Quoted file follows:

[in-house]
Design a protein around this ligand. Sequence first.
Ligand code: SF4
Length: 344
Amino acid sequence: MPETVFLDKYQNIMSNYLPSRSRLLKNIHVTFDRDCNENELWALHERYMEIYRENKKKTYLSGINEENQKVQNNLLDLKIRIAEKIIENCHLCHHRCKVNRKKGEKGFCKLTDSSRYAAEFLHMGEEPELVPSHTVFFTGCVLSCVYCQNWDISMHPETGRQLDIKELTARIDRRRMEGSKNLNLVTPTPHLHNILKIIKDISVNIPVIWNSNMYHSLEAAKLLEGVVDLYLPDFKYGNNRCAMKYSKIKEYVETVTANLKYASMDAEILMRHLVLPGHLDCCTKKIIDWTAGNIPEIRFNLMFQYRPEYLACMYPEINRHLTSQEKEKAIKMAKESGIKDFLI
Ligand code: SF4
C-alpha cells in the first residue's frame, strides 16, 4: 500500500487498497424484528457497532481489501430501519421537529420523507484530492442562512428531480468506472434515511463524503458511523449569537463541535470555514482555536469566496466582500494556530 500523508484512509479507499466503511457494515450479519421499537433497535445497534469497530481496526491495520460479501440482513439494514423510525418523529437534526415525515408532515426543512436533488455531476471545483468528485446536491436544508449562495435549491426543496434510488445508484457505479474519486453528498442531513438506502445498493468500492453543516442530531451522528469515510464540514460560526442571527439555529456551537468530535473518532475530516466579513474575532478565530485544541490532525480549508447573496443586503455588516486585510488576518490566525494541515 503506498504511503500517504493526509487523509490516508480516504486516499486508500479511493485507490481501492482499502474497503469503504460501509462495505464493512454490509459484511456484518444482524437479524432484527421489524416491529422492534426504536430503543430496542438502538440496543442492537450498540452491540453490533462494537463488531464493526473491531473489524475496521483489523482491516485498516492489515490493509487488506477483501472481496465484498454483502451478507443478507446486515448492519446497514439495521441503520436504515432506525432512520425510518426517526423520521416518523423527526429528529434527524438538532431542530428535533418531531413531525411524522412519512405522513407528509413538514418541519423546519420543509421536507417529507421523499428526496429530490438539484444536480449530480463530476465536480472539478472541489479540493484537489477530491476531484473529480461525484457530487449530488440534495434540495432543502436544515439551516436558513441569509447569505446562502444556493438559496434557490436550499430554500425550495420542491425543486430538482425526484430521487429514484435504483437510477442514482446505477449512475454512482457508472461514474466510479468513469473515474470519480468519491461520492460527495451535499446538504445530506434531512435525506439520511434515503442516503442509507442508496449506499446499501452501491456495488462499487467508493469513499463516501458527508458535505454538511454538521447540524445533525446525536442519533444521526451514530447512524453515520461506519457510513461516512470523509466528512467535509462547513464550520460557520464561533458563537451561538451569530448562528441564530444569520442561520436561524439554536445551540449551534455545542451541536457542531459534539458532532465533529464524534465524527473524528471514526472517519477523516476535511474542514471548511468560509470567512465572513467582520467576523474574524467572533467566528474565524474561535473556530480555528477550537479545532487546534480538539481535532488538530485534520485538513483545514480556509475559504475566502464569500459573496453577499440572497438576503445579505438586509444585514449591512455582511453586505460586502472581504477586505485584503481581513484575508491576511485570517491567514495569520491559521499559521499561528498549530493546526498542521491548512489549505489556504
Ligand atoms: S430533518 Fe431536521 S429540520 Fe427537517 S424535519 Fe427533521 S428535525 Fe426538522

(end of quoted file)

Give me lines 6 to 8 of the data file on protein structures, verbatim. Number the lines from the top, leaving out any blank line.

Ligand code: SF4
C-alpha cells in the first residue's frame, strides 16, 4: 500500500487498497424484528457497532481489501430501519421537529420523507484530492442562512428531480468506472434515511463524503458511523449569537463541535470555514482555536469566496466582500494556530 500523508484512509479507499466503511457494515450479519421499537433497535445497534469497530481496526491495520460479501440482513439494514423510525418523529437534526415525515408532515426543512436533488455531476471545483468528485446536491436544508449562495435549491426543496434510488445508484457505479474519486453528498442531513438506502445498493468500492453543516442530531451522528469515510464540514460560526442571527439555529456551537468530535473518532475530516466579513474575532478565530485544541490532525480549508447573496443586503455588516486585510488576518490566525494541515 503506498504511503500517504493526509487523509490516508480516504486516499486508500479511493485507490481501492482499502474497503469503504460501509462495505464493512454490509459484511456484518444482524437479524432484527421489524416491529422492534426504536430503543430496542438502538440496543442492537450498540452491540453490533462494537463488531464493526473491531473489524475496521483489523482491516485498516492489515490493509487488506477483501472481496465484498454483502451478507443478507446486515448492519446497514439495521441503520436504515432506525432512520425510518426517526423520521416518523423527526429528529434527524438538532431542530428535533418531531413531525411524522412519512405522513407528509413538514418541519423546519420543509421536507417529507421523499428526496429530490438539484444536480449530480463530476465536480472539478472541489479540493484537489477530491476531484473529480461525484457530487449530488440534495434540495432543502436544515439551516436558513441569509447569505446562502444556493438559496434557490436550499430554500425550495420542491425543486430538482425526484430521487429514484435504483437510477442514482446505477449512475454512482457508472461514474466510479468513469473515474470519480468519491461520492460527495451535499446538504445530506434531512435525506439520511434515503442516503442509507442508496449506499446499501452501491456495488462499487467508493469513499463516501458527508458535505454538511454538521447540524445533525446525536442519533444521526451514530447512524453515520461506519457510513461516512470523509466528512467535509462547513464550520460557520464561533458563537451561538451569530448562528441564530444569520442561520436561524439554536445551540449551534455545542451541536457542531459534539458532532465533529464524534465524527473524528471514526472517519477523516476535511474542514471548511468560509470567512465572513467582520467576523474574524467572533467566528474565524474561535473556530480555528477550537479545532487546534480538539481535532488538530485534520485538513483545514480556509475559504475566502464569500459573496453577499440572497438576503445579505438586509444585514449591512455582511453586505460586502472581504477586505485584503481581513484575508491576511485570517491567514495569520491559521499559521499561528498549530493546526498542521491548512489549505489556504
Ligand atoms: S430533518 Fe431536521 S429540520 Fe427537517 S424535519 Fe427533521 S428535525 Fe426538522